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CMU, Pitt Among Colleges Ranked By Brookings For How Well They Prep Students For High-Paying Jobs

A report released this week by the Brookings Metropolitan Policy Program examined how well alumni of four- and two-year higher education institutions fare after school.

The study looks at predicted outcomes for students and compares actual outcomes. It’s an area not often looked at, according to researchers at Brookings. This report compiled its data looking at three main areas: mid-career salary of alumni, repayment rate on student loans and common careers among alumni.

“What we see is that a colleges mix of majors and the scale it provides students are highly predictive of economic outcomes of its graduates,” said Brookings Fellow Jonathan Rockwell, co-author of the study.

Among Pittsburgh-area universities, CMU came out on top with a score of 95 out of 100 for curriculum value and a 97 for earnings.

“Ninety-seven means that it’s better than 96 percent of all other colleges on the value added in respect to earnings, same on occupational earning power and it’s actually in the top 1 percent, has a score of 100 in respect to loan repayment,” Rockwell said.

The University of Pittsburgh scored a 67, 72 and 74 in the above categories and a 90 for curriculum value. In that same category, Duquesne University scored 76 and Point Park 29; Community College of Allegheny County scored a 72. Diversity of curriculum, however, is not the only thing to consider in looking at predicted and actual student outcomes – there is also what is called the x-factor.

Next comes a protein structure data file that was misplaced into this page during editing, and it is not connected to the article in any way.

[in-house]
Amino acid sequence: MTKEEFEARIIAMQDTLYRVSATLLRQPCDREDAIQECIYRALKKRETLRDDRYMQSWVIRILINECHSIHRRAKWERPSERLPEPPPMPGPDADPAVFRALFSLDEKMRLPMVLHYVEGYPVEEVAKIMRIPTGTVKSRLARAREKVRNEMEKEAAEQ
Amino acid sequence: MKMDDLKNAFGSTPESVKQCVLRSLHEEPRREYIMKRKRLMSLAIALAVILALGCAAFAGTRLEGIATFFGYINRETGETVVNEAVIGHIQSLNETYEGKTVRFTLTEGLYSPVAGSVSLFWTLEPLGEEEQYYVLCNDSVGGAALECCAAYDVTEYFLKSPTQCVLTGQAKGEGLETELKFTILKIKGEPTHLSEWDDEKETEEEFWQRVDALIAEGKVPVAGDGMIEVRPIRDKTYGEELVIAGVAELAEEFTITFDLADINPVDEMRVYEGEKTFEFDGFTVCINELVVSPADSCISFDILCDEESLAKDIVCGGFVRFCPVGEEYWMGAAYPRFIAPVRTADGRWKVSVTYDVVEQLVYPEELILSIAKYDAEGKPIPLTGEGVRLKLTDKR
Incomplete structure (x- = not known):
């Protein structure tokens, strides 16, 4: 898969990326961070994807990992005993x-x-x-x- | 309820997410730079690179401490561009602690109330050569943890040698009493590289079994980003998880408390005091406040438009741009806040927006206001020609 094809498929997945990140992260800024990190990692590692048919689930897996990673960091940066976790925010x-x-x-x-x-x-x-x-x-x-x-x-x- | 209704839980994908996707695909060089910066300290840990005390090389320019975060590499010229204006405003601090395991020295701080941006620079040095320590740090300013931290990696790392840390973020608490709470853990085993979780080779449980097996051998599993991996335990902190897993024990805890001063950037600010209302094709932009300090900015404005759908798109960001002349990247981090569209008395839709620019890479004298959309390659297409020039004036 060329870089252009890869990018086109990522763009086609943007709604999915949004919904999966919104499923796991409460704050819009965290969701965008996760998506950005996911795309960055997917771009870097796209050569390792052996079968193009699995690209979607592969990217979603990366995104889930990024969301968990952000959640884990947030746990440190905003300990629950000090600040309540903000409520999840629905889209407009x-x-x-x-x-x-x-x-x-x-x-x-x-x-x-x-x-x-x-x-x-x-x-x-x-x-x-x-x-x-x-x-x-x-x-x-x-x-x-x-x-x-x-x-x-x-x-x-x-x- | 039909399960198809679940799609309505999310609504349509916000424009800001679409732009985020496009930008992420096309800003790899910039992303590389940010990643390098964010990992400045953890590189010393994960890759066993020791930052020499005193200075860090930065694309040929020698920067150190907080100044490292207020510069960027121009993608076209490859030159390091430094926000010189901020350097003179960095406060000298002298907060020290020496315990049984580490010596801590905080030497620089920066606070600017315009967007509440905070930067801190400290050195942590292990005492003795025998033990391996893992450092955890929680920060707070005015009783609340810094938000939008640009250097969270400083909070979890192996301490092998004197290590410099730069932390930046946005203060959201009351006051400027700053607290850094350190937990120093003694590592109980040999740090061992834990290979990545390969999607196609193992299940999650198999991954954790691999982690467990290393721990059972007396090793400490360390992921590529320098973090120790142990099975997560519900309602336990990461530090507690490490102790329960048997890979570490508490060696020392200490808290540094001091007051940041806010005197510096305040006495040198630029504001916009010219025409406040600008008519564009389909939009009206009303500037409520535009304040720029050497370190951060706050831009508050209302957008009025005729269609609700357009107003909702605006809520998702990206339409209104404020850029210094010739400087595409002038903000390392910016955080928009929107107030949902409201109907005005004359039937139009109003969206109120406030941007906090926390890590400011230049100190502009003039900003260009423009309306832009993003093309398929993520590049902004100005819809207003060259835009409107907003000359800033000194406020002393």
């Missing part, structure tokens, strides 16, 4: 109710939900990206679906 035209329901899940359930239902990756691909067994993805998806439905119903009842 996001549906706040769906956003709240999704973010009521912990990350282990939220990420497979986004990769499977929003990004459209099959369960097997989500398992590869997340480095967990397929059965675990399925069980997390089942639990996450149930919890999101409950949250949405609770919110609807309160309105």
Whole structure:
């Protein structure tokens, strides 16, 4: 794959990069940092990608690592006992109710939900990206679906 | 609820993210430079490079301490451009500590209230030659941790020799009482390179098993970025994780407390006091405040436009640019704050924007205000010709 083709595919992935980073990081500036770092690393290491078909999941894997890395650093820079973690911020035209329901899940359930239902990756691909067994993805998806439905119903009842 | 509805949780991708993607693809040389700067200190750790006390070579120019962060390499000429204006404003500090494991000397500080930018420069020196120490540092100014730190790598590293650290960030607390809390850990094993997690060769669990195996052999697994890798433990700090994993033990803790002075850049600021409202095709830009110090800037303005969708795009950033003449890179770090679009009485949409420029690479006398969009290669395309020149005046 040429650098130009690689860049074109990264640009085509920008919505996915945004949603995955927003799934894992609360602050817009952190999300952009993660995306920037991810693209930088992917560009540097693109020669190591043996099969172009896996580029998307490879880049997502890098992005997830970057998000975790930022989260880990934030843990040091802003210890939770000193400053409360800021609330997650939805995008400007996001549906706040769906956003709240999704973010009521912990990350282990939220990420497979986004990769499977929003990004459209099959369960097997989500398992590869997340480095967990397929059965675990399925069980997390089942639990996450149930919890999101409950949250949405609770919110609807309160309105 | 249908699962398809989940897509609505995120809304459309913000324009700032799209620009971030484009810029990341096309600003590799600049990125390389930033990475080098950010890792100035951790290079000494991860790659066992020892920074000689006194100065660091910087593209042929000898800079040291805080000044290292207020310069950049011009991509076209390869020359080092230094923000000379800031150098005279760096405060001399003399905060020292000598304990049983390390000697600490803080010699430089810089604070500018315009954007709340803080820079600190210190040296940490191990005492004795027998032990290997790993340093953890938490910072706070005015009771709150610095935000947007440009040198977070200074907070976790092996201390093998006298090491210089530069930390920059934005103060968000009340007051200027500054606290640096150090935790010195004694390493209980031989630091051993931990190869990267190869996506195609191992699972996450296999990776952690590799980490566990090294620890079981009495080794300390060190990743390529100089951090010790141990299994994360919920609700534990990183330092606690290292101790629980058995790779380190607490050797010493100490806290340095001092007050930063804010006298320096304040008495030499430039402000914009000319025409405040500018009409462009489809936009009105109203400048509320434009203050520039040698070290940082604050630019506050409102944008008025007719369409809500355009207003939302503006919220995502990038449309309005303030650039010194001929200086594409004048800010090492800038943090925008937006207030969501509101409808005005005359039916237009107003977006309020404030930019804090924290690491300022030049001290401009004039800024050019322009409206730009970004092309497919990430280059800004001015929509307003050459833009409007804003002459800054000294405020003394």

“It could be things like the quality of the teaching staff, could be strong alumni networks,” said Rockwell. “For example, a recent article suggested that Apple hires a disproportionate number of Duke MBA grads because Tim Cook went to Duke. Those sorts of factors are rolled into what we call the x-factor.”

Plus, Rockwell said different majors and offerings at each school attracts different types of students.

“The predicted level of student earnings is higher at Carnegie Mellon than it would be for University of Pittsburgh or Duquesne because of the students going into those types of schools,” he said.

There are many studies and ranking of colleges and universities in the U.S., according to Rockwell, but this is offers something a bit unique. He said it could help prospective students and their families when choosing a school, and could also be helpful for college administrators and state and local workforce development officials.

“We think this offers an improved way to evaluate colleges, learn which strategies are working and which are not in terms of boosting attainment rates or otherwise contributing to student economic success,” said Rockwell.

The full report is available on the Brookings website.